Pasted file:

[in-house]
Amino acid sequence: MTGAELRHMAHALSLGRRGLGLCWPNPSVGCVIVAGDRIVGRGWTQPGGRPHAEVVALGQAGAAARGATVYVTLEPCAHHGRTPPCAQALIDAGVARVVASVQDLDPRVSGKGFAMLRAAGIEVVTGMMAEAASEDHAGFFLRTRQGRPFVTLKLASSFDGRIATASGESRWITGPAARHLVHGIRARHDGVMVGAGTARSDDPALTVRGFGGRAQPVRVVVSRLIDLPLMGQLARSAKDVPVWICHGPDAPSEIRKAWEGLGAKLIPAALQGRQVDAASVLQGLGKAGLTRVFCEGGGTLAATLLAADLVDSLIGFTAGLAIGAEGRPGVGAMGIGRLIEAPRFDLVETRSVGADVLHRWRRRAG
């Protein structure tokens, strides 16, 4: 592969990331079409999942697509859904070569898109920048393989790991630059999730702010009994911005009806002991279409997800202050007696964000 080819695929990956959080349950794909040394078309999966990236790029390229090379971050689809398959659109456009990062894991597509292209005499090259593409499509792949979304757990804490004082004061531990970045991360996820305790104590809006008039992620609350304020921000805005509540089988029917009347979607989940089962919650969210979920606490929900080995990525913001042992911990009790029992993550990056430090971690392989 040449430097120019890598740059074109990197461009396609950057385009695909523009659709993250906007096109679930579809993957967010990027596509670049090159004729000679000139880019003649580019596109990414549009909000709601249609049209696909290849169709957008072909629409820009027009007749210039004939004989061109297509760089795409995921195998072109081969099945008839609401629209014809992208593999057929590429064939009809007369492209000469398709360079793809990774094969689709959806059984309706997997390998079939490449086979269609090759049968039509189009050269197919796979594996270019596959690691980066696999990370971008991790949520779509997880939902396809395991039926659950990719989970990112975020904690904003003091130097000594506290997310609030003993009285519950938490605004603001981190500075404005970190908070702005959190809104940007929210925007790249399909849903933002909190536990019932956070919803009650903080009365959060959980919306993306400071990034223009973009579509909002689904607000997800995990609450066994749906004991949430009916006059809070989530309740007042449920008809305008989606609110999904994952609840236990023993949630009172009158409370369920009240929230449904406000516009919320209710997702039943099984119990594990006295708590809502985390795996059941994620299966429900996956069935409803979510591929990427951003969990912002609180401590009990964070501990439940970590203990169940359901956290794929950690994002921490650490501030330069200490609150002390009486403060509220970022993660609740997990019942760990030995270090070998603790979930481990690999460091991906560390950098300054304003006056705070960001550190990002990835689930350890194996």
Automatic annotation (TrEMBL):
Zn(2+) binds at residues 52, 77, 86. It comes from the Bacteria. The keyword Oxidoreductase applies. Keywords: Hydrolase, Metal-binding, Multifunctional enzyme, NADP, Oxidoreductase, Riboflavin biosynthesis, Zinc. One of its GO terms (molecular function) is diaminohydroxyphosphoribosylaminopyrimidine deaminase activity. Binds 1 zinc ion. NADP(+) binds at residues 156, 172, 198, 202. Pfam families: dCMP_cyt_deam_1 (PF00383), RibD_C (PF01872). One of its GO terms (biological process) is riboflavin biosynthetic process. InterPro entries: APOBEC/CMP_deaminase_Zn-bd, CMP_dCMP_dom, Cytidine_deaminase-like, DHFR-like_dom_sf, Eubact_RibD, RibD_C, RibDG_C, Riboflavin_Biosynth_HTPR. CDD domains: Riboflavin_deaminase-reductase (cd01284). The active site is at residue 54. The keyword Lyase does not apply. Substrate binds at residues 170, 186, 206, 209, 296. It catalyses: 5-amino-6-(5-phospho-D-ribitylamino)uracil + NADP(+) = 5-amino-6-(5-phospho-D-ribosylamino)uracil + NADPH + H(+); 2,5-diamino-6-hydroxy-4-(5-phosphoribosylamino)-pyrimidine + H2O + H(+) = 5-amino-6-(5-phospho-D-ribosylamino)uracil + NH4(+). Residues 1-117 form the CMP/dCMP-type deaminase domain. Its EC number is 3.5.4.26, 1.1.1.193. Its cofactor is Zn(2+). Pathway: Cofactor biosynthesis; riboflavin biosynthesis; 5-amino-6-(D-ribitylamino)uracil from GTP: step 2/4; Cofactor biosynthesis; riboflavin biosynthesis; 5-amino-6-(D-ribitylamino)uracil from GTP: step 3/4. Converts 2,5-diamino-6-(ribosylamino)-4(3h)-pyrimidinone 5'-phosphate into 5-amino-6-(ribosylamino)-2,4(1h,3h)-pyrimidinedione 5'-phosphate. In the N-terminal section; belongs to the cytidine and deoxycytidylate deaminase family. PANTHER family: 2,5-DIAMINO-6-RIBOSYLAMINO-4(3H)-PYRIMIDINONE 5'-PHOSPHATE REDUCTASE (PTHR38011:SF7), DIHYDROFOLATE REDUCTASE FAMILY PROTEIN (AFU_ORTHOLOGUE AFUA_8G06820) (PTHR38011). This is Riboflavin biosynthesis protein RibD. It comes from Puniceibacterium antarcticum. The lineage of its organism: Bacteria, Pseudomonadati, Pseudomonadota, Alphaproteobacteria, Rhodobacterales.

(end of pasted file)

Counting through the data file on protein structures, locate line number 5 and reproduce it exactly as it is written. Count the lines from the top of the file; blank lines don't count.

Zn(2+) binds at residues 52, 77, 86. It comes from the Bacteria. The keyword Oxidoreductase applies. Keywords: Hydrolase, Metal-binding, Multifunctional enzyme, NADP, Oxidoreductase, Riboflavin biosynthesis, Zinc. One of its GO terms (molecular function) is diaminohydroxyphosphoribosylaminopyrimidine deaminase activity. Binds 1 zinc ion. NADP(+) binds at residues 156, 172, 198, 202. Pfam families: dCMP_cyt_deam_1 (PF00383), RibD_C (PF01872). One of its GO terms (biological process) is riboflavin biosynthetic process. InterPro entries: APOBEC/CMP_deaminase_Zn-bd, CMP_dCMP_dom, Cytidine_deaminase-like, DHFR-like_dom_sf, Eubact_RibD, RibD_C, RibDG_C, Riboflavin_Biosynth_HTPR. CDD domains: Riboflavin_deaminase-reductase (cd01284). The active site is at residue 54. The keyword Lyase does not apply. Substrate binds at residues 170, 186, 206, 209, 296. It catalyses: 5-amino-6-(5-phospho-D-ribitylamino)uracil + NADP(+) = 5-amino-6-(5-phospho-D-ribosylamino)uracil + NADPH + H(+); 2,5-diamino-6-hydroxy-4-(5-phosphoribosylamino)-pyrimidine + H2O + H(+) = 5-amino-6-(5-phospho-D-ribosylamino)uracil + NH4(+). Residues 1-117 form the CMP/dCMP-type deaminase domain. Its EC number is 3.5.4.26, 1.1.1.193. Its cofactor is Zn(2+). Pathway: Cofactor biosynthesis; riboflavin biosynthesis; 5-amino-6-(D-ribitylamino)uracil from GTP: step 2/4; Cofactor biosynthesis; riboflavin biosynthesis; 5-amino-6-(D-ribitylamino)uracil from GTP: step 3/4. Converts 2,5-diamino-6-(ribosylamino)-4(3h)-pyrimidinone 5'-phosphate into 5-amino-6-(ribosylamino)-2,4(1h,3h)-pyrimidinedione 5'-phosphate. In the N-terminal section; belongs to the cytidine and deoxycytidylate deaminase family. PANTHER family: 2,5-DIAMINO-6-RIBOSYLAMINO-4(3H)-PYRIMIDINONE 5'-PHOSPHATE REDUCTASE (PTHR38011:SF7), DIHYDROFOLATE REDUCTASE FAMILY PROTEIN (AFU_ORTHOLOGUE AFUA_8G06820) (PTHR38011). This is Riboflavin biosynthesis protein RibD. It comes from Puniceibacterium antarcticum. The lineage of its organism: Bacteria, Pseudomonadati, Pseudomonadota, Alphaproteobacteria, Rhodobacterales.